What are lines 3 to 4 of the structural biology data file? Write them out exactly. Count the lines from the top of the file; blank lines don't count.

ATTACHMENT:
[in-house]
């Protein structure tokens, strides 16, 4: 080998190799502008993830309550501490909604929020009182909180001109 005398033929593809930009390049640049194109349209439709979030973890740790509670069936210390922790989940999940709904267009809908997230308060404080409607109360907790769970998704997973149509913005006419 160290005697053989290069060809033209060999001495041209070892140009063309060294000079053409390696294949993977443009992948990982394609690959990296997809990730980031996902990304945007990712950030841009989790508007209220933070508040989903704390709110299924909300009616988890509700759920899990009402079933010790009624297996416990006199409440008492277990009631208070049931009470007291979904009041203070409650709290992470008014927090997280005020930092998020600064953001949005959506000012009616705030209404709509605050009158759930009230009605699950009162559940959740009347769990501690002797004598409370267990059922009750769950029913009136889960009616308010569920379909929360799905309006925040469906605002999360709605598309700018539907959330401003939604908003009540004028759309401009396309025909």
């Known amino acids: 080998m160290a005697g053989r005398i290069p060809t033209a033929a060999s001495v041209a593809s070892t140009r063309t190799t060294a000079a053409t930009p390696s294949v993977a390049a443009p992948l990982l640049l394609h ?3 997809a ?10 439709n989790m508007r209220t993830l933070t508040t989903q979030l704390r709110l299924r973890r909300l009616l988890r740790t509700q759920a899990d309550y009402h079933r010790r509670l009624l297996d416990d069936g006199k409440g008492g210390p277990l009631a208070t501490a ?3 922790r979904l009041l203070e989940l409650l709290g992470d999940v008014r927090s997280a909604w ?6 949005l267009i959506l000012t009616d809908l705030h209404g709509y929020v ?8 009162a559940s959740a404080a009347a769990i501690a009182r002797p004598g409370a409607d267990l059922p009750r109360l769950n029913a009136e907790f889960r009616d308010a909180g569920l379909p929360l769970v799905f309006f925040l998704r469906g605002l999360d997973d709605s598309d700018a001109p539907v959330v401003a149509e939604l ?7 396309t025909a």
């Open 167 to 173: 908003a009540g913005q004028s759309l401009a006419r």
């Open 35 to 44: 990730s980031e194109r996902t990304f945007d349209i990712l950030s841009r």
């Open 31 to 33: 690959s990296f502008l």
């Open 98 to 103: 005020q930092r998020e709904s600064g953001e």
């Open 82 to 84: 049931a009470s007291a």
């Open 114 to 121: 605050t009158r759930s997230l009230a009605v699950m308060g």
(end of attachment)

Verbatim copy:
């Known amino acids: 080998m160290a005697g053989r005398i290069p060809t033209a033929a060999s001495v041209a593809s070892t140009r063309t190799t060294a000079a053409t930009p390696s294949v993977a390049a443009p992948l990982l640049l394609h ?3 997809a ?10 439709n989790m508007r209220t993830l933070t508040t989903q979030l704390r709110l299924r973890r909300l009616l988890r740790t509700q759920a899990d309550y009402h079933r010790r509670l009624l297996d416990d069936g006199k409440g008492g210390p277990l009631a208070t501490a ?3 922790r979904l009041l203070e989940l409650l709290g992470d999940v008014r927090s997280a909604w ?6 949005l267009i959506l000012t009616d809908l705030h209404g709509y929020v ?8 009162a559940s959740a404080a009347a769990i501690a009182r002797p004598g409370a409607d267990l059922p009750r109360l769950n029913a009136e907790f889960r009616d308010a909180g569920l379909p929360l769970v799905f309006f925040l998704r469906g605002l999360d997973d709605s598309d700018a001109p539907v959330v401003a149509e939604l ?7 396309t025909a």
């Open 167 to 173: 908003a009540g913005q004028s759309l401009a006419r």